My intention here is not to denigrate the traditional family style birthday parties. Those can be fabulous. And taking time out to connect with family and friends over birthday cake can be priceless in our over scheduled world. But this year, after my son told me that he could not wait until the Pirates kidnapped me again for his birthday, I began to contemplate what made this type of experience so much fun, for him and for the rest of us. After all, we live in an area where extravagant childhood birthdays are the norm. Parents diligently send out dozens of birthday invitations, have professionals organize games, bring in animals from the zoo, have giant bouncy castles, space museum tours, or countless other birthday events where ‘the fun’ has been carefully calibrated and measured into a pre-set time slot. But these events, while offering diversion and amusement, do not have the long-term resonance that our own Family Pirate birthdays do.

Why? I’ve decided its three interrelated features that make everyone in the family eagerly anticipate the annual Pirate Birthday party. The first is that it calls for full participation from everyone in the family. We are all fully physically and mentally engaged.  Whether hiding presents, swimming in the icy waters, or carefully planning out the scenario, every single one of us has a part in the planning and enactment of the event. Even hapless neighbors who have shown up at our house at the wrong moment have been dragged into the Pirate Tale, forced to deliver ransom notes and listen attentively as my son explains with urgency that his mother has been kidnapped and he must rescue her yet again! (All with a knowing gleam in his eye).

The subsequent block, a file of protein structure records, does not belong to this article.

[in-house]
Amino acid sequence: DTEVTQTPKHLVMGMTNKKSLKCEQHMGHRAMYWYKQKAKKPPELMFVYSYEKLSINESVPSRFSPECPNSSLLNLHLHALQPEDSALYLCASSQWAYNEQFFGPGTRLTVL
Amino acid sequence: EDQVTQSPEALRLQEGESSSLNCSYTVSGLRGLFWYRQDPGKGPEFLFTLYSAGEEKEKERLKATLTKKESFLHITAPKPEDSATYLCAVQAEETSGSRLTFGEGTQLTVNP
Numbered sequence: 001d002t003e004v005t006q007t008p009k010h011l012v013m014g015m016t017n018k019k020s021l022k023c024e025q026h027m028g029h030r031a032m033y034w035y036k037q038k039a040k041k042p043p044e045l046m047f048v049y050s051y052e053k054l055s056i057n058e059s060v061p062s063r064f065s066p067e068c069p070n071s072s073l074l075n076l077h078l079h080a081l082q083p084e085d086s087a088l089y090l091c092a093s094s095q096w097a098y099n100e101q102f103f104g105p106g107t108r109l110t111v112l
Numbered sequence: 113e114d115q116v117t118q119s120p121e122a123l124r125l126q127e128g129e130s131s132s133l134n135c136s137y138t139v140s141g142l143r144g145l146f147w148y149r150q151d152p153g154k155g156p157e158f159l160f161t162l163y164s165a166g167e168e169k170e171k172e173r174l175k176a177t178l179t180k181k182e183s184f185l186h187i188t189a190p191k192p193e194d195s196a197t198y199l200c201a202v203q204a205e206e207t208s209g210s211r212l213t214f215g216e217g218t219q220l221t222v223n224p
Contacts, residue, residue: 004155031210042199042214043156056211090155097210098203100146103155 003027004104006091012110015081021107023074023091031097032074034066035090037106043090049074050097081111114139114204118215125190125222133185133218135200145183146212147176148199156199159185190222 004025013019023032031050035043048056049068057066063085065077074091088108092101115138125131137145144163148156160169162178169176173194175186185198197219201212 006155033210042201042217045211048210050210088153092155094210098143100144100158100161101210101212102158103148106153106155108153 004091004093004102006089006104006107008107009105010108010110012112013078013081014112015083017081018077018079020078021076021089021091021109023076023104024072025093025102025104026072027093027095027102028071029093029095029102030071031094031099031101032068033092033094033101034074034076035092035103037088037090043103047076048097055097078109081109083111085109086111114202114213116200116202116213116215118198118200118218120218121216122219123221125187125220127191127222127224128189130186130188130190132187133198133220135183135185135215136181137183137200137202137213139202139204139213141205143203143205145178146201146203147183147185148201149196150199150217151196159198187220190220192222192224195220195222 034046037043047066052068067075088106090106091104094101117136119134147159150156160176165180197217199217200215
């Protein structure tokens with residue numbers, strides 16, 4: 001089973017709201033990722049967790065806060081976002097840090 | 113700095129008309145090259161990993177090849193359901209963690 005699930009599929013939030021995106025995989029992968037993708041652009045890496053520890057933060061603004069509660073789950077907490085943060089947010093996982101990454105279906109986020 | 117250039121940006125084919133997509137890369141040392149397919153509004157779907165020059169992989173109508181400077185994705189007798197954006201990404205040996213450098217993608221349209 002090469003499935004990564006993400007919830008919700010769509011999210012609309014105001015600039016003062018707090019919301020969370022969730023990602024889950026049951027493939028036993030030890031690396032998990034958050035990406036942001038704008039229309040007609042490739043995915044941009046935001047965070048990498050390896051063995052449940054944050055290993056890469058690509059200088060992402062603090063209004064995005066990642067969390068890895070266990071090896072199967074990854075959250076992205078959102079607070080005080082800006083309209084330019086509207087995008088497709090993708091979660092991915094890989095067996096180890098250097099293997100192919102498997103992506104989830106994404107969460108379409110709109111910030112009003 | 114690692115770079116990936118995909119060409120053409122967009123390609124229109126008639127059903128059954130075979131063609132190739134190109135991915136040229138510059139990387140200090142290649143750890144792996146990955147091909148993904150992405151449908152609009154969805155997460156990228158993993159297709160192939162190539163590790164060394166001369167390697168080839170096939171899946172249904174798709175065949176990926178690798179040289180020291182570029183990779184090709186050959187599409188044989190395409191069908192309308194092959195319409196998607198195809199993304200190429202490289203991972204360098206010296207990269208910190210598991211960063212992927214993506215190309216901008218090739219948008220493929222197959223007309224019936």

Second, the Pirate Birthdays are about us. We are masters of our own story in these adventures and can build in the features that most excite us, and that bring us closer together. For my family that means water, outdoors, and physical activity are a must. But I could easily imagine for other families it might be music, popular culture, arts, or a carefully crafted sense of luxury.

Third, there is a sense of adventure and discovery in each and every year. And to fully participate, all of us must delve into a role, suspend a bit of our everyday selves and go with events as they unfold.  When we stop running out of unique ways to celebrate the Pirate Birthday they may well lose their luster and we’ll have to come up with a new theme. It’s the annual process of re-creation, and re-invention that keep us all so hooked. We relive every moment of the ‘adventure’ long after its over.

It’s true these birthday parties take a little more energy in planning. It is sort of a logistical nightmare, getting me out to the kidnap spot and then my husband back in time to be there when my son arrives and ‘discovers’ that the kidnapping has occurred. It all takes a little staging, and a bit of suspension of our adult selves. But the end results make the extra effort all the more fun.

Nic in Pirate Mode